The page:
As the Union Army approached Atlanta, the Battle of Utoy Creek was fought, and several trenches remain. (The park offers signposts about the Battle of Utoy Creek.)
But despite having been the site of the deaths of hundreds of soldiers, by the turn of the century, the spring waters here were considered to be restorative to one's health and a small, and an exclusive resort was built there, including a hotel and restaurant. Until the 1950s, the spring water was actually bottled and sold. (The water naturally contains silica, potassium chloride, calcium carbonate, and other minerals said to have some healing effects.) The park lies on Cascade Road is part of the old Native American road known as "Sandtown Road" which connected the Stone Mountain area of Georgia to the Western Alabama border.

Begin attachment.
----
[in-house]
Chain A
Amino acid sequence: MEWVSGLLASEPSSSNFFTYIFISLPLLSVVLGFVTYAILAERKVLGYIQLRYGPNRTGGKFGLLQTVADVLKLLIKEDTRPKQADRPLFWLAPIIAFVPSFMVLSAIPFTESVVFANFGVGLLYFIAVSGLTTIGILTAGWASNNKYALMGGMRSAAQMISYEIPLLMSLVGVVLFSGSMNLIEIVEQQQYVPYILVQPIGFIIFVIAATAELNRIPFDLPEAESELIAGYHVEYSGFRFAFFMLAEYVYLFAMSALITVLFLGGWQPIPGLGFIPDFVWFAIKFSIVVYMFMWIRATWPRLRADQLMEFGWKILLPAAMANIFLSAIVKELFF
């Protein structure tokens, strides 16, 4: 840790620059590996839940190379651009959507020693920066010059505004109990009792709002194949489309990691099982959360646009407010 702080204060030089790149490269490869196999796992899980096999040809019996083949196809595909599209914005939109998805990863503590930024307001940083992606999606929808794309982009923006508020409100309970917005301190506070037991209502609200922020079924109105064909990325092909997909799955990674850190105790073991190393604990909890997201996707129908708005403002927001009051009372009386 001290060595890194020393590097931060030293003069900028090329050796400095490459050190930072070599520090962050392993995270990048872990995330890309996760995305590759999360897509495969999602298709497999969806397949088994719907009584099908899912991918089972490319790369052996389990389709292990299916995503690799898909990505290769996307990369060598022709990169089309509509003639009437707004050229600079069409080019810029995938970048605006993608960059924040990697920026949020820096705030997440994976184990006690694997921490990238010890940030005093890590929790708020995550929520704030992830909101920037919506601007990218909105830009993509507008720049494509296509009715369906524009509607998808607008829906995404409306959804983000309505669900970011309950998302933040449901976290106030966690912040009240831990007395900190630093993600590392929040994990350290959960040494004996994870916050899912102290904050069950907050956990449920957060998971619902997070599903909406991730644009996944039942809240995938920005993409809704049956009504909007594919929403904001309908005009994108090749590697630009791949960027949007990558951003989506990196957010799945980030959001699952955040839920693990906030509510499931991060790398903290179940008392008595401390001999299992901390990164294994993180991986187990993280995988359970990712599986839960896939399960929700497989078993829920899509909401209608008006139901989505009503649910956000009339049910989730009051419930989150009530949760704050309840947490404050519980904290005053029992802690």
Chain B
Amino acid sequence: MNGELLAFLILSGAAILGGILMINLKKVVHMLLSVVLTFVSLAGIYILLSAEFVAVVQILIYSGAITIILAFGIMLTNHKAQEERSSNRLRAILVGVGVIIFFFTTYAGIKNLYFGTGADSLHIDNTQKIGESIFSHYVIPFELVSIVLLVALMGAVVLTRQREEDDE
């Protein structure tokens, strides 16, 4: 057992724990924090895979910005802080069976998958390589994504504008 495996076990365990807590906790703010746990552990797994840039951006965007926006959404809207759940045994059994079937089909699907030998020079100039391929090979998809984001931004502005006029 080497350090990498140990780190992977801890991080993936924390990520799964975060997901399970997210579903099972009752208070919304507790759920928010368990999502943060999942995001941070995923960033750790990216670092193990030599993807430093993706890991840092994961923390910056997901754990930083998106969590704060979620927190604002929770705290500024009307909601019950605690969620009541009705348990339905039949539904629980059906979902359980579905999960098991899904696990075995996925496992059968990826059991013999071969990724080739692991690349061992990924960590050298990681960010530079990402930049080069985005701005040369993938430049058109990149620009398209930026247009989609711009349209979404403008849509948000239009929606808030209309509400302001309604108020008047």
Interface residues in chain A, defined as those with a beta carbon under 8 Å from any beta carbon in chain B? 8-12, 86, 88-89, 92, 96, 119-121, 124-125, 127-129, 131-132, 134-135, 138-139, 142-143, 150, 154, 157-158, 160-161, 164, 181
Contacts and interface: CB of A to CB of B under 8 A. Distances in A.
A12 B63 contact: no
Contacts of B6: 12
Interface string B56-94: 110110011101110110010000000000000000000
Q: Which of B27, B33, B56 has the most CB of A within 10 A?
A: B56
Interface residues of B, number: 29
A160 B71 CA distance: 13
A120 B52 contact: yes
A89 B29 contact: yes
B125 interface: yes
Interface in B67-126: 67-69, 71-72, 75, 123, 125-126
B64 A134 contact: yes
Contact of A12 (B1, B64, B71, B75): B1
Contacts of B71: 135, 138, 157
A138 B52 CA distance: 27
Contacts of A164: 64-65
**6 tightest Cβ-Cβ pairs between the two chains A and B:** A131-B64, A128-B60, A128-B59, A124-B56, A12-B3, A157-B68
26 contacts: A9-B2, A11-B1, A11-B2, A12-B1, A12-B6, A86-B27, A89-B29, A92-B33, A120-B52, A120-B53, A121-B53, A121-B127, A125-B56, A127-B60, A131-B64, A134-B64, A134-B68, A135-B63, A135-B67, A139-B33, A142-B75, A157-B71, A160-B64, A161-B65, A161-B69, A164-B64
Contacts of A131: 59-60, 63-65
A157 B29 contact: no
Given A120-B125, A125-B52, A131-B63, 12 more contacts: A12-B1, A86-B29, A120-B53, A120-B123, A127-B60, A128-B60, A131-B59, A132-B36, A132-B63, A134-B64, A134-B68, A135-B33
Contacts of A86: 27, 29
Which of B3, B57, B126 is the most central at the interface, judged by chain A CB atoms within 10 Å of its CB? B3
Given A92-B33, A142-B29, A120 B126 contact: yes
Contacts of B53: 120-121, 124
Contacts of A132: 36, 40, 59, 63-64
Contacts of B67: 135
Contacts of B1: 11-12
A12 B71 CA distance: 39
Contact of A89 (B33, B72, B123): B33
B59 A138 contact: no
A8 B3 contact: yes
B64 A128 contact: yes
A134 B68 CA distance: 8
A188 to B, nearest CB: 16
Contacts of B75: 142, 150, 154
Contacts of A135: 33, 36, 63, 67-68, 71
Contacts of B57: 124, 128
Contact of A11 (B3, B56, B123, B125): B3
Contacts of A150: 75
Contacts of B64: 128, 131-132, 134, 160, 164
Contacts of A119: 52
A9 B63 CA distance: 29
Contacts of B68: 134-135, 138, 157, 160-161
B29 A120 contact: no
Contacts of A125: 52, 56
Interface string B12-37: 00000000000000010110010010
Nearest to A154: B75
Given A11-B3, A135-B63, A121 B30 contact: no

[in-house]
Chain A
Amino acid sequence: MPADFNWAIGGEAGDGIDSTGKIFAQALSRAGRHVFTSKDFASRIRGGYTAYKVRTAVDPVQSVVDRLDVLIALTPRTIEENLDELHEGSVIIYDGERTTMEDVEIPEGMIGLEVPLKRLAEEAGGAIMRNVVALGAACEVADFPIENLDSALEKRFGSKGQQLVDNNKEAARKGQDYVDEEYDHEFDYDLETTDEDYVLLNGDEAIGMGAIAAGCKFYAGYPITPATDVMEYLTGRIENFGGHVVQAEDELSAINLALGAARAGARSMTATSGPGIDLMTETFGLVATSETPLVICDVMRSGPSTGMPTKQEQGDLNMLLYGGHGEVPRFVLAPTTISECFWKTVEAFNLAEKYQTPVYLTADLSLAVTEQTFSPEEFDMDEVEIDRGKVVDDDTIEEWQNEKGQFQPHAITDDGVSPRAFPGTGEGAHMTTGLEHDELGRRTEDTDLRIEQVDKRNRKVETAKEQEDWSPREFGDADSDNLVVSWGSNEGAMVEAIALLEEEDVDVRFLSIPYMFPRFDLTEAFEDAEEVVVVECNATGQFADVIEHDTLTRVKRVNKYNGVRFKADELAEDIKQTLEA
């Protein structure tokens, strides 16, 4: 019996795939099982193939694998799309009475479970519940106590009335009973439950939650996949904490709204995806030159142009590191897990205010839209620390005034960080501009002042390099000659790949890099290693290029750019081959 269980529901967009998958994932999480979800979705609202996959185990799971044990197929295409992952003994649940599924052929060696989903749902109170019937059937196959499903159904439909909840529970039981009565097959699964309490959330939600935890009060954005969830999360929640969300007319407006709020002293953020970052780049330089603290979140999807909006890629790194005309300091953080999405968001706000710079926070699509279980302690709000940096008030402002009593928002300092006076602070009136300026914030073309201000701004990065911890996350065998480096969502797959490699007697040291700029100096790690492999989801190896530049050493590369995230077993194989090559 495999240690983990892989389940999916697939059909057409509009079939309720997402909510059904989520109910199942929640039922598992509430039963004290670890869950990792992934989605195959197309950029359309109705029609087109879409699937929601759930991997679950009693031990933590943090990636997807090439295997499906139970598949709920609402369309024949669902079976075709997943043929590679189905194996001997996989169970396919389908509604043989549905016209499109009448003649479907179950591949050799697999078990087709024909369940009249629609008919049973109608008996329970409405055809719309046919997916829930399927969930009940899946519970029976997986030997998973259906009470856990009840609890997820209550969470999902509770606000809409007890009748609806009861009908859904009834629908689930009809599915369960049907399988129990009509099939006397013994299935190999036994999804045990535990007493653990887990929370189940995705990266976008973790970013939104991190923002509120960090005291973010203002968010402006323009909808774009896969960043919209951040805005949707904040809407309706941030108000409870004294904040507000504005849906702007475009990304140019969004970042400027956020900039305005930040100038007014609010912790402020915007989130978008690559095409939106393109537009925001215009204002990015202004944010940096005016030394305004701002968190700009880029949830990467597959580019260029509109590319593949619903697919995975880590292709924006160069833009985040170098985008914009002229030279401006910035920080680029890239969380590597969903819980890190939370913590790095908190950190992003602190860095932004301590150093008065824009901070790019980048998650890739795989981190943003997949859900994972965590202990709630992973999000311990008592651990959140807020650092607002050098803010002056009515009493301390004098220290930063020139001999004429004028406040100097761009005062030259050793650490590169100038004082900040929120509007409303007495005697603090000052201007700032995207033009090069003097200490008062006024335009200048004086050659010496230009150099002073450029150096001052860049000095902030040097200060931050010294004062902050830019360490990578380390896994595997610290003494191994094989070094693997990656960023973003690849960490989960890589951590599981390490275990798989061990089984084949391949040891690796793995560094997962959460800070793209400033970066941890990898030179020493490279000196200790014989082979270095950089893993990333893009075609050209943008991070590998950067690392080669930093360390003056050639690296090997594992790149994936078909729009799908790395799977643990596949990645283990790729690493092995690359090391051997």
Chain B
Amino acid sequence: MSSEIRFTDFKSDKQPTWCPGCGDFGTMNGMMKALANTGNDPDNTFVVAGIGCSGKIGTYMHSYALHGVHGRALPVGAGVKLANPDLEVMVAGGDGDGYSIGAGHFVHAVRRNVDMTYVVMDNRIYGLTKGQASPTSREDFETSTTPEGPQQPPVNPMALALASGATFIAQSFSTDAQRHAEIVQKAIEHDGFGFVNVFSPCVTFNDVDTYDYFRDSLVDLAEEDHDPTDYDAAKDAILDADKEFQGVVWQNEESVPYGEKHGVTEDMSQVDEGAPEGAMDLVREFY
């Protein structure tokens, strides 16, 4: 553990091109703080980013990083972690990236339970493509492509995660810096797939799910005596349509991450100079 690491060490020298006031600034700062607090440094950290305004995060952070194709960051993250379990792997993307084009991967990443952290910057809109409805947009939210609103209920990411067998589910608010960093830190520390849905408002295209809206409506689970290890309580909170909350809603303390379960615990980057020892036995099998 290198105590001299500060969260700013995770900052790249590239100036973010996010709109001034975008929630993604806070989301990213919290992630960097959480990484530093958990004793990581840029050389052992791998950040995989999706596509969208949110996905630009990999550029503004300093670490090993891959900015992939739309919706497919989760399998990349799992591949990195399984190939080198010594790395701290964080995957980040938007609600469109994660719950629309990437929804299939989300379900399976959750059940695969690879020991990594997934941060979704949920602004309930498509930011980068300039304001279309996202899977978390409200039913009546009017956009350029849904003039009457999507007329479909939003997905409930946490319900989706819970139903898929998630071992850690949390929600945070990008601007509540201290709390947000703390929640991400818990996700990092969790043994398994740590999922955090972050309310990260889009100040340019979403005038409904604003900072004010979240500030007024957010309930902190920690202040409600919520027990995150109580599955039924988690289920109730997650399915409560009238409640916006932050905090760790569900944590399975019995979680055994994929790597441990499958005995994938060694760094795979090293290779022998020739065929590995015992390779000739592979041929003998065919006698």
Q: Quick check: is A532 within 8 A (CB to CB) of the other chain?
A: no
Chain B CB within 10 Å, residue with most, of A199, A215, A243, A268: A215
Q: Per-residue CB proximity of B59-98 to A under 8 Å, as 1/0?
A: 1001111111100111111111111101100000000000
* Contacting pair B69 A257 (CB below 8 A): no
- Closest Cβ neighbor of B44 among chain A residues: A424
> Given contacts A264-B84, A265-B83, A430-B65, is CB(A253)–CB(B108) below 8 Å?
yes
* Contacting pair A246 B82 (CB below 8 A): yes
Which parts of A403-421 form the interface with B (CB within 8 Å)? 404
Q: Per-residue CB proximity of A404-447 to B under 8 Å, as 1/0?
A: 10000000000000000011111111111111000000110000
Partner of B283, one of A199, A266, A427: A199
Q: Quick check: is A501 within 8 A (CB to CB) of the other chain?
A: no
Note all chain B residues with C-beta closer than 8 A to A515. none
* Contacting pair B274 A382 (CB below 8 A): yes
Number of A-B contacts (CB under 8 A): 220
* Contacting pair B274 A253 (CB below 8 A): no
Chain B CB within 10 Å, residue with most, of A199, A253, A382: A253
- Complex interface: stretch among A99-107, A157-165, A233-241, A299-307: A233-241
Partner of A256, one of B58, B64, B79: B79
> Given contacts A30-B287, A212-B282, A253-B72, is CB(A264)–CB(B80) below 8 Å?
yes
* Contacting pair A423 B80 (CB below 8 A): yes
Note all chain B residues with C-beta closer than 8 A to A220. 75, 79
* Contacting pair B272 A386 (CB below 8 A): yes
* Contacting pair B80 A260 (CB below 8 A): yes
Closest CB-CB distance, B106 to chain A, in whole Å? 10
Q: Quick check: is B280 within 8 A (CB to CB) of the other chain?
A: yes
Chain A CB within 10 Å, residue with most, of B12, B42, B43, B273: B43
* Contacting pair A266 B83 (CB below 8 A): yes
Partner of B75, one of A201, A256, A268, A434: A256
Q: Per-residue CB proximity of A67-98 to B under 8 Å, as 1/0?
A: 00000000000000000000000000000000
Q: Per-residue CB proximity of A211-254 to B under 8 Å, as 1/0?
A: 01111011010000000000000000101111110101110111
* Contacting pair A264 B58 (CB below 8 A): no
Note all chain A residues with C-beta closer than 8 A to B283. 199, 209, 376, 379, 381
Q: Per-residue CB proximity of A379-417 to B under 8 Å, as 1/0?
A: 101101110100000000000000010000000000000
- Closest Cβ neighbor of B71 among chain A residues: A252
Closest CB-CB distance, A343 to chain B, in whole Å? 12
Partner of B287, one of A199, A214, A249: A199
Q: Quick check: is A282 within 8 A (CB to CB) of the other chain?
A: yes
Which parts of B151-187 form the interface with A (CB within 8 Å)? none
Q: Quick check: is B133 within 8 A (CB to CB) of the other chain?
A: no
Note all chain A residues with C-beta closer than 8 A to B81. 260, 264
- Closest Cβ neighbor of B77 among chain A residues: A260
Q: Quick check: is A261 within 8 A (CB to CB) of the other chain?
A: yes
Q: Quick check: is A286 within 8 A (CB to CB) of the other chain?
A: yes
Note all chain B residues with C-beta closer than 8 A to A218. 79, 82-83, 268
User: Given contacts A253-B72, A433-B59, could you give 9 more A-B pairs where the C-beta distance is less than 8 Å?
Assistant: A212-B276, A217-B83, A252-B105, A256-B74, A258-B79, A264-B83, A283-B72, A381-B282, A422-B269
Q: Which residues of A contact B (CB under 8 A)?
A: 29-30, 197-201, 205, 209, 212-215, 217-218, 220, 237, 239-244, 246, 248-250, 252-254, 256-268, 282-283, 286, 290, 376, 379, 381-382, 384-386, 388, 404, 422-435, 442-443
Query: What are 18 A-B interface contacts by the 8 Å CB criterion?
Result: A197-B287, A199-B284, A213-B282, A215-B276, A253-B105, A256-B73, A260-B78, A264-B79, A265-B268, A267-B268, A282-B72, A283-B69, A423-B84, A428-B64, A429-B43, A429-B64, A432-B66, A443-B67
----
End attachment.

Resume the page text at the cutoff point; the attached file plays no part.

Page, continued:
The land was purchased by the city in the 1970s and contains extensive trails, wildlife, and an outdoor auditorium. Wildlife in the park includes turtles, creek fishes, deer, guinea, and many species of songbird and predatory bird. Ruins include the remains of a pump-house, trenches, a quarry (whose rock was used to build several of the houses nearby), and a beautiful little spring-house with a small moat.
The Cascade Springs Nature Preserve is also one of the oldest forests extant in the Atlanta city limits, and features several small springs feeding the sandy shoals of Utoy Creek. The park has a diverse history, and to this day is 120-acres of beauty to visit. Despite its proximity to the perimeter expressway and the city, the preserve remains remarkably clean, and the ruins remarkably picturesque.